Recently the number of reports of influenza-associated encephalopathy with multiple organ dysfunction has increased in Japan.1–3 A national survey of the prevalence and clinical features of the disease indicated that the rates of mortality and disability were 31.8 and 27.7%, respectively.4 Brain computed tomography (CT) and/or magnetic resonance imaging findings of fatal cases suggest massive brain edema of the cerebrum, basal ganglia and/or brain stem in the acute phase. Surviving patients with severe sequelae present with brain edema in the acute phase and subsequent cerebral atrophy in the convalescent phase. Findings on pathologic examination suggest that direct viral invasion and inflammation are not likely to cause this disease.1 Vascular damage with a subsequent leakage of plasma proteins and intravascular formation of thrombi is observed in systemic organs, as well as in the brain.4,5 Several studies of inflammatory cytokine concentrations suggest that inflammation in vessels and/or in central nervous system (CNS) has an important role in the pathogenesis of influenza-associated encephalopathy.1,3,6–8 The pathogenesis of vascular damage in influenza-associated encephalopathy is not fully explained, and the mechanisms of subsequent brain atrophy are not known.
Cytochrome c is an intramitchondrial protein normally residing in the intermembrane spaces. It triggers the execution phase of apoptosis by massive translocation into the cytoplasm, leading to Apaf-1-mediated caspase activation.9 We measured cytochrome c values as a marker of apoptosis and tumor necrosis factor (TNF)-α concentrations as a marker of inflammation in the serum and cerebrospinal fluid (CSF) samples collected simultaneously at the acute and convalescent phases and clarified the roles of apoptosis and inflammation in the pathogenesis of influenza-associated encephalopathy.
MATERIALS AND METHODS
Ten children were diagnosed with influenza-associated acute encephalopathy from January 2000 to December 2003 (Table 1). Acute encephalopathy was defined as an acute CNS disorder characterized by seizures and unconsciousness for more than 24 hours and brain edema detected by CT. Diagnosis of type AH3N2 infection (cases 1, 2, 4, 6 and 7) was based on viral isolation from throat swabs. Diagnosis of influenza A infection (cases 3, 5, 8 and 10) and B infection (case 9) was based on viral antigen detection from throat swabs with an enzyme-linked immunosorbent assay kit (Directigen flu A and B; Nippon Becton Dickinson, Tokyo, Japan). Other neurologic, metabolic, endocrine, toxic and drug-induced disorders were excluded. No patients received influenza vaccination before the influenza season in which the patients developed the illness. Three patients died (cases 1–3), 3 patients survived with sequelae (cases 4–6) and 4 patients survived without sequelae (cases 7–10). Amantadine and oseltamivir were administered immediately after the neurologic onset of the illness to cases 1 and 7 and to cases 2, 3, 4, 5, 6, 8, 9 and 10, respectively. Three patients developed brain stem dysfunction, such as extraocular dysmotility and disappearance of the light reflex within 6 hours from neurologic onset, and died within a few days. At the acute phase, whole cerebral edema and localized cerebral edema were observed on CT examination in 6 and 4 patients, respectively. Three patients with a poor prognosis (cases 1–3) had whole cerebral edema with an area of low density in the brain stem and/or bilateral thalami. At the convalescent phase, 3 patients with sequelae (cases 4–6) had cerebral edema followed by cortical atrophy. Serum samples were collected from all patients at neurologic onset (10 samples), from 9 patients at the exacerbation phase (11 samples, 1–2 days after onset) and from the surviving 7 patients at the convalescent phase (10 samples, 3–8 days after onset). CSF samples were collected from 9 patients at neurologic onset (9 samples) and from the surviving 7 patients at the convalescent phase (8 samples, 4–8 days after onset). Lumbar puncture was not performed in 1 patient with a poor prognosis at neurologic onset because of massive brain edema. Serum and CSF samples were also collected for cytochrome c assay and cytokine assay from 8 patients with epilepsy subjected to routine analysis as negative controls. Informed consent for measurement of cytokine and cytochrome c concentrations was obtained from all patients' parents.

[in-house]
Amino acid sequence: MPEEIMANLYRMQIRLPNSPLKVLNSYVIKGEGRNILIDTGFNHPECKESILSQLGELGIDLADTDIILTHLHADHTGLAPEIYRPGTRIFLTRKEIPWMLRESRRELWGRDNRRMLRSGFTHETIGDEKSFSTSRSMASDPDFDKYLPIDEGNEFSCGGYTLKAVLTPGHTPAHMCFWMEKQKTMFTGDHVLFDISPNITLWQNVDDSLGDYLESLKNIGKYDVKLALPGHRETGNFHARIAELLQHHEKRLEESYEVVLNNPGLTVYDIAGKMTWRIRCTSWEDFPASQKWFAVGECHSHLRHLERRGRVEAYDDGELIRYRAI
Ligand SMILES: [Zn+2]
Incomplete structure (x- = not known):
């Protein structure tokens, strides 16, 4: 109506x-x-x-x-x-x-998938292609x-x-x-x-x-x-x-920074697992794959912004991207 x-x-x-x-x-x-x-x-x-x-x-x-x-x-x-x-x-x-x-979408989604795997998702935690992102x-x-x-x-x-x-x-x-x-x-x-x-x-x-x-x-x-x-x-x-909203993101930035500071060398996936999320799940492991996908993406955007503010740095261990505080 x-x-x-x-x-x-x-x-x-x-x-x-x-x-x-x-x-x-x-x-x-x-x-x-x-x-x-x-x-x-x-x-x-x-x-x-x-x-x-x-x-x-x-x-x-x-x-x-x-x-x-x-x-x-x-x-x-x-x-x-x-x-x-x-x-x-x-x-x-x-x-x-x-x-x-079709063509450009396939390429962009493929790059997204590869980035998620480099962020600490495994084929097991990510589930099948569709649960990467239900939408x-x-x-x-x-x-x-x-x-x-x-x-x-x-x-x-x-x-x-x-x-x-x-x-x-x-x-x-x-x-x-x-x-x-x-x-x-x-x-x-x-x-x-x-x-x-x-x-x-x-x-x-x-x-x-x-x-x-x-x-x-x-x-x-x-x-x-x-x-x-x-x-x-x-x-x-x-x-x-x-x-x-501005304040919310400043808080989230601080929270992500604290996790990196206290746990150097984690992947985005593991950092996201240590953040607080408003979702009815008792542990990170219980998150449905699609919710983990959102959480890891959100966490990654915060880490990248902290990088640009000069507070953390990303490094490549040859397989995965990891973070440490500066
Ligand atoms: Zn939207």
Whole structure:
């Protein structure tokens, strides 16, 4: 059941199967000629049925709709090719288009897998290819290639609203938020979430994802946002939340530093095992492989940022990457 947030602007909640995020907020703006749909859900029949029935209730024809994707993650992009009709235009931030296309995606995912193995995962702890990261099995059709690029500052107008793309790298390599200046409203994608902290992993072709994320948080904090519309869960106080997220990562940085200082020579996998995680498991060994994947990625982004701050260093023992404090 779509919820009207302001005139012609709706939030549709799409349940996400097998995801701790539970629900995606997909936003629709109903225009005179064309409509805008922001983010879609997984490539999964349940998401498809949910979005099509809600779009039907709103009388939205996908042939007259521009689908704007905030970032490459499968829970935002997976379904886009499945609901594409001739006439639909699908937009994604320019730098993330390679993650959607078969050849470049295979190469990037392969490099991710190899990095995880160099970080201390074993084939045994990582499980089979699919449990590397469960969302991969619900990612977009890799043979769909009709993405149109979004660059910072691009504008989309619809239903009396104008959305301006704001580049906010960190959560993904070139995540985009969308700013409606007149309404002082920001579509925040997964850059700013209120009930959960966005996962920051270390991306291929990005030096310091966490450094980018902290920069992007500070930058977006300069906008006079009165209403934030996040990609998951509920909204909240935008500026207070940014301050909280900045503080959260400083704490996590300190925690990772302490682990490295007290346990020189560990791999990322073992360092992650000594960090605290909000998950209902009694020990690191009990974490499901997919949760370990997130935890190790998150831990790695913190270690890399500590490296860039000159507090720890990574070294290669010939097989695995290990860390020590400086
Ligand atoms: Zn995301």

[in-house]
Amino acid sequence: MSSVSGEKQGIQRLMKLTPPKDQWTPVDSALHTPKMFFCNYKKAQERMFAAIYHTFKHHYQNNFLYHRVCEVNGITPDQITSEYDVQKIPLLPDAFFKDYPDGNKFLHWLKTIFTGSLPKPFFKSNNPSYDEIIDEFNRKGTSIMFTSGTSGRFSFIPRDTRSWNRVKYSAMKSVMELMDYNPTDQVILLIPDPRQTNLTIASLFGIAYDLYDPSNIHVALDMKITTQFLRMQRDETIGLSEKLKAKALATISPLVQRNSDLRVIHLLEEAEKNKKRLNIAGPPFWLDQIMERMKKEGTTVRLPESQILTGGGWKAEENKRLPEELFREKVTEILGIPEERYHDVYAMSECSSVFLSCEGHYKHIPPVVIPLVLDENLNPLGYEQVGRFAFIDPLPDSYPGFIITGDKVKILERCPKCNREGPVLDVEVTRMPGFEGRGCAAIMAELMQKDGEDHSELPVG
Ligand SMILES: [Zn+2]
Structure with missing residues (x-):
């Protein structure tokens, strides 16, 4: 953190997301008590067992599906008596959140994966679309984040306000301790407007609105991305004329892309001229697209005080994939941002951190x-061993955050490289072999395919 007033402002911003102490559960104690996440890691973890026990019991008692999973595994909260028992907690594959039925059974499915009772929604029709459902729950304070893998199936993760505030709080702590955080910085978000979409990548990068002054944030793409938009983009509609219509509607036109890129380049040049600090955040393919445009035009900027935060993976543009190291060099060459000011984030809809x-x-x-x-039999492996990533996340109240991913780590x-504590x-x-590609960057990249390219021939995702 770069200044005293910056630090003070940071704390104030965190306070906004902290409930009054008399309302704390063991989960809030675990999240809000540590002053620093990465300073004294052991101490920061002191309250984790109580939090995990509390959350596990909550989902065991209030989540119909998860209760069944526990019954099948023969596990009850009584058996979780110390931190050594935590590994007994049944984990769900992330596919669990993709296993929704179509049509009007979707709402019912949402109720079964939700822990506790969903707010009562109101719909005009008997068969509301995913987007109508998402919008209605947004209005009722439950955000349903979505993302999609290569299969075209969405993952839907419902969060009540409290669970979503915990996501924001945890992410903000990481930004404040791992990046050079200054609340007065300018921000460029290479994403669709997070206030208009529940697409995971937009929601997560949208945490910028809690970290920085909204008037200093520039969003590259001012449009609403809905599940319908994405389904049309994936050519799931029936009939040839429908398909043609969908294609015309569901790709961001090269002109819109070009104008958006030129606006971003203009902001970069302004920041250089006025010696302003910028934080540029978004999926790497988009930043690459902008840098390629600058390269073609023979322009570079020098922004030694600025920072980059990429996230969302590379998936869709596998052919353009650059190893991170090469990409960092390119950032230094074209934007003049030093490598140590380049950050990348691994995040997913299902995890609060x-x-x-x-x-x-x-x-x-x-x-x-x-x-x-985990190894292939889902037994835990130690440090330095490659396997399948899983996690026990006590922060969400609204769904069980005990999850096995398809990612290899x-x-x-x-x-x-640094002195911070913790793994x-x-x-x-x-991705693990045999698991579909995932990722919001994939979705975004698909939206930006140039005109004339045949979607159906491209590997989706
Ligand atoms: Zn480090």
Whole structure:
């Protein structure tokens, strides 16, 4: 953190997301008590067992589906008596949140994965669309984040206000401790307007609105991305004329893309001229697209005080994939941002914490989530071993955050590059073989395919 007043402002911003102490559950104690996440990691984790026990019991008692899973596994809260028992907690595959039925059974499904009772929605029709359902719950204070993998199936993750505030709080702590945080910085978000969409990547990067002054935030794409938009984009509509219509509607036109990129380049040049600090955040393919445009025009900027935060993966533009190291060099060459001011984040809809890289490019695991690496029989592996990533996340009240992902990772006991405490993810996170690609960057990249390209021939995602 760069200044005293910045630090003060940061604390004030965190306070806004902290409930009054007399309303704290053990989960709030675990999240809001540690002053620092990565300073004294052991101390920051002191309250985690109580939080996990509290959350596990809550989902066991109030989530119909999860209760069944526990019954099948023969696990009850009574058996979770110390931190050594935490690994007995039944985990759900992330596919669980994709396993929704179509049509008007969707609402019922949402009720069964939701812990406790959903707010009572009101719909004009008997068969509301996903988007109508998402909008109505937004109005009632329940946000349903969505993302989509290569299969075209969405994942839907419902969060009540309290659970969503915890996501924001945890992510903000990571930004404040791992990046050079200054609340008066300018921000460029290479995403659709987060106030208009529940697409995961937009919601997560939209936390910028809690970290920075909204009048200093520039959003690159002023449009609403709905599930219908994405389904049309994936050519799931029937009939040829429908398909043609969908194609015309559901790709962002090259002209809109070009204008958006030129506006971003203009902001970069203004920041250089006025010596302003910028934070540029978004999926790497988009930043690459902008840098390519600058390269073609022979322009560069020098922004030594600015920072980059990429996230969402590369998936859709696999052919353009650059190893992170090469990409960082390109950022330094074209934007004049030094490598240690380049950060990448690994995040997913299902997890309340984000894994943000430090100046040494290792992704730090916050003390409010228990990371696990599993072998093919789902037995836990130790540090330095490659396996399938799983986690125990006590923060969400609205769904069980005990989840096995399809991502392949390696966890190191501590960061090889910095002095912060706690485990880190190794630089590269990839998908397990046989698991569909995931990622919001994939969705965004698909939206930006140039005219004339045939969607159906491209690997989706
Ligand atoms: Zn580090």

A commercially available enzyme-linked immunosorbent assay kit (Endogen, Inc., Woburn, MA) was used to measure the TNF-α concentration. Cytochrome c concentrations in the serum and CSF were measured with an originally developed sandwich electrochemiluminescence immunoassay. Microbeads (Dynabeads M-450 Epoxy; DYNAL AS, Oslo, Norway) coated with anti-cytochrome c monoclonal antibody and anti-cytochrome c polyclonal antibody conjugated with ruthenium chelate (Ru-Ab) were used for the cytochrome c immunoassay. We mixed 50 μL of sample, 150 μL of dilution buffer and 25 μL of coated microbeads. After incubation at 30°C for 9 minutes, the microbeads were washed twice to remove nonreacted specimens, and Ru-Ab was added. The microbeads were then washed twice to remove nonreacted Ru-Ab and placed into magnet-mounted flow cell electrodes to measure the quantity of the emission. The cytochrome c concentration of the sample was calculated with the use of rat cytochrome c solutions in concentrations between 100 ng/mL to 10 pg/mL as a standard. All 3 operations were performed automatically by the Picolumi 8220 (Sanko Junyaku Co., Ltd., Tokyo, Japan), except for the dilution of the sample.